It’s that time of year, Thanksgiving. And you know what that means. The Plaza Lighting Ceremony – broadcast live this year on KSHB TV – will bring hundreds of thousands of people to the Country Club Plaza. Maybe millions.
And since the Plaza and Kansas City Police are on record as never having made an actual count – nor having any training or methodology to make one, there or anywhere – why not shoot for the moon?
Big numbers make it funner, easier to sell advertising and sponsorships and to convince merchants and townspeople that the folks in charge are doing a good job. A darn good job.
Just one problem.
When I reported a carefully mapped out crowd count of 34,000 and change at the 2003 lighting ceremony the Plaza and KCPL immediately backed off the 250,000 to 300,000 people estimates they’d been hawking and sheepishly admitted they had no idea how many people were down there.
That report – featured on the front page of the Kansas City Star – noted that past reported crowd “estimates” had grown from 28,000 in 1967 to 30,000 in 1973, 125,000 in 1980, 235,000 in 1991 and more than 300,000 in 2000.
After doing a followup count in 2010, those very early counts may have been spot on.
Now let’s backtrack for a minute to my recent column about WaterFire, chastising the Star‘s Steve Everly for taking the bait and reporting an “expected” crowd of 30,000 to 35,000.
Comments section dude Gerald Bostock stated that, “Reporters are told to get a crowd estimate from an ‘official’ source, but the flaw in that thinking is that people like police chiefs and fire chiefs have no idea how to estimate a crowd and couldn’t care less. When they are asked, they do a quick scan of the area, pause for maybe three seconds to work through some secret algorithm, and announce, ‘50,000’ or ‘1 million.’ Edison would be inspired to see this scientific method in action…The desire to inflate the crowd size(s) is another examples of KC’s need to exaggerate its importance and accomplishments..the reality of the situation is you have editors back at the office far removed from actual reporting and fretting about a deadline; they demand a number and don’t care if it’s accurate, only that is comes from a defensible source so that the newspaper/tv station can CYA.”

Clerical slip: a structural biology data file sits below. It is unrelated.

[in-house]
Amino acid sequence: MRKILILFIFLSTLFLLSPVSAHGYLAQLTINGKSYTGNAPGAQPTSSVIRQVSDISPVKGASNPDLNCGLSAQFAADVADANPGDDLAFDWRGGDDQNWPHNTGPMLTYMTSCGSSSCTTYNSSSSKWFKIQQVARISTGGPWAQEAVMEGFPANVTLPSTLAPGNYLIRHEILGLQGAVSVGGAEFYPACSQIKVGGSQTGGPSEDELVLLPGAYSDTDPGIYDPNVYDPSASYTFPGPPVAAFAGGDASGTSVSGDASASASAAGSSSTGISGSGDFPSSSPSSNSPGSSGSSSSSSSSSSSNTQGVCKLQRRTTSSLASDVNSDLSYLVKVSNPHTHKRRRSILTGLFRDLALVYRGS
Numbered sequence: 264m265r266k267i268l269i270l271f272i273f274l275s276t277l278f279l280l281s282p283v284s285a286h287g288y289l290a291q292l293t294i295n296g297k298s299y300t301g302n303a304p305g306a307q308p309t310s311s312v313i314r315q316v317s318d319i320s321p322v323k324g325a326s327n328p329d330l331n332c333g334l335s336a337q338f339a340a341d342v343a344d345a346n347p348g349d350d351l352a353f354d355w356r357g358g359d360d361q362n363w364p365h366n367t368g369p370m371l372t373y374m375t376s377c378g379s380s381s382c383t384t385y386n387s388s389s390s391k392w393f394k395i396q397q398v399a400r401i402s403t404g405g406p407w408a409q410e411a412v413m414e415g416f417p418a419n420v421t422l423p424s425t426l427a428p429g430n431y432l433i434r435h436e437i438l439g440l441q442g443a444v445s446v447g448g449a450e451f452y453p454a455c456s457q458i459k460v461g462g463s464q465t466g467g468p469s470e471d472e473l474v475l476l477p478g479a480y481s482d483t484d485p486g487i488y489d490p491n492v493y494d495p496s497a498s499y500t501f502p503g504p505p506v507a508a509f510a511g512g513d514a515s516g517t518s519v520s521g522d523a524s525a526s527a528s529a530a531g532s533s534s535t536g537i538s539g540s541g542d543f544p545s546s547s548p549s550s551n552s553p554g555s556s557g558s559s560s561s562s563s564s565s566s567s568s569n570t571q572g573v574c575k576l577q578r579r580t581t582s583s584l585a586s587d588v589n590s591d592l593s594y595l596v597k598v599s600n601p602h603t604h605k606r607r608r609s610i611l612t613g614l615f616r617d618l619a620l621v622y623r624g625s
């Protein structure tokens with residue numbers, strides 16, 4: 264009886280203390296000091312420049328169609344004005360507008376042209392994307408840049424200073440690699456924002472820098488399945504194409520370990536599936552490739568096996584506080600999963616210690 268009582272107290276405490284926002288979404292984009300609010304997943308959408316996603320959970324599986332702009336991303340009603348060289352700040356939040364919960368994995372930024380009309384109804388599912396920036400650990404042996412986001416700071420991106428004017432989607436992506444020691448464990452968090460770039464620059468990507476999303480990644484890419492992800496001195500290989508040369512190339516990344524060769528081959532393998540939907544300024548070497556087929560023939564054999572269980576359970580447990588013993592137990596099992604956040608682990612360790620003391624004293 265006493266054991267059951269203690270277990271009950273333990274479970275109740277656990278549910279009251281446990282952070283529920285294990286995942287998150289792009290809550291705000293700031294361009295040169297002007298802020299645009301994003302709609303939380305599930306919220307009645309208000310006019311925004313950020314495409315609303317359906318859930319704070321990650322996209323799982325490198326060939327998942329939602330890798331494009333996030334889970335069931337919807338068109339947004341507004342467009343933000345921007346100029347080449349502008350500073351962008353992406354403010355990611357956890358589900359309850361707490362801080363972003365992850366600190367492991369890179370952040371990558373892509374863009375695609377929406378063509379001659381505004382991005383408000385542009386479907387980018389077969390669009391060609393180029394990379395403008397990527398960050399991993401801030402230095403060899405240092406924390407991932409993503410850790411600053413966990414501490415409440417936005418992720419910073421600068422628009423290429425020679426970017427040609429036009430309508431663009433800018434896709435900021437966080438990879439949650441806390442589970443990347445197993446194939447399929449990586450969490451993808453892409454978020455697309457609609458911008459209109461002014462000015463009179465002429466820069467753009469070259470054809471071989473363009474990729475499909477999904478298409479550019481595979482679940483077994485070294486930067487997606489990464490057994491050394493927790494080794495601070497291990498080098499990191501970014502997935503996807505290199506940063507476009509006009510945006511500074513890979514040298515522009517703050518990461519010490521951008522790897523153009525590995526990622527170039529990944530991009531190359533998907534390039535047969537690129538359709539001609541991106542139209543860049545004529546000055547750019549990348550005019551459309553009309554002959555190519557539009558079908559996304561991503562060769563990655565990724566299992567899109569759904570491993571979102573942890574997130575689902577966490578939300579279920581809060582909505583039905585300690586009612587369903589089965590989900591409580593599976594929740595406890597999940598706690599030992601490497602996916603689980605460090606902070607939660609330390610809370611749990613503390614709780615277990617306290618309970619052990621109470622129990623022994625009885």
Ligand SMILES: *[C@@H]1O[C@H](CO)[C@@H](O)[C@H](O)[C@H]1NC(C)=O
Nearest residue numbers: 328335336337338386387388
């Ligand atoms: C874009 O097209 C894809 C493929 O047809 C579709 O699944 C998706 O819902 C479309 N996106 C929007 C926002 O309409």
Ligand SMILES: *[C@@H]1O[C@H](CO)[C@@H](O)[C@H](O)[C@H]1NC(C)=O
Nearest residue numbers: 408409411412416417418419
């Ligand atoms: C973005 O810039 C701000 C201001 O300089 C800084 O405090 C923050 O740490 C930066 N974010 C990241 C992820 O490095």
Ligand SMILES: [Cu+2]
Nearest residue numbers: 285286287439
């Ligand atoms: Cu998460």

Bostock – himself a fictional character created by the band Jethro Tull – has the right idea except for the part about Star‘s editors falling over themselves to report crowd numbers.
Trust me, they’re not.
I’ve told you guys before that former editor Mark Zeiman told editors to rein in the crowd counts in 2003 after the newspaper was embarrassed at a Plaza peace rally by the Pitch.
Here’s editor Steve Shirk‘s (he still there btw) email on the subject and I quote:
“The Star will not publish crowd estimates of outdoor events, except where the police make special arrangements to issue an official estimate. Currently those events are the St. Patrick’s Day Parade and the Plaza Lighting Ceremony.”
Hold it right there…
I know Steve Shirk. I’ve been edited by Steve Shirk. Steve Shirk is a friend of mine (sound familiar?). And this I have to tell you this was written eight months before my Plaza crowd count column and Kansas City Police officials going on record as never conducting official crowd counts.
Indoor events where the seating capacity is known can be reported only if the reporter counts the crowd twice, Shirk continued.
“When it’s impossible to do a count the reporter should acknowledge the crowd in general terms,” Shirk said. “Time of the count must also be included.”
And that’s where Everly fucked up nine years later at a Star that’s arguably severely understaffed.
“Crowd estimates from event organizers should never be used as the only estimate in a story…” Shirk concluded. “Any deviation from this policy will require the approval of the managing editor.”
Get it, gang?
Clearly the Star was in “won’t get fooled again” mode and didn’t want reporters tossing around potentially trumped up numbers by motive-driven promoters.
Which is exactly what “hot fuel” eager beaver Everly did.
Uh, case closed.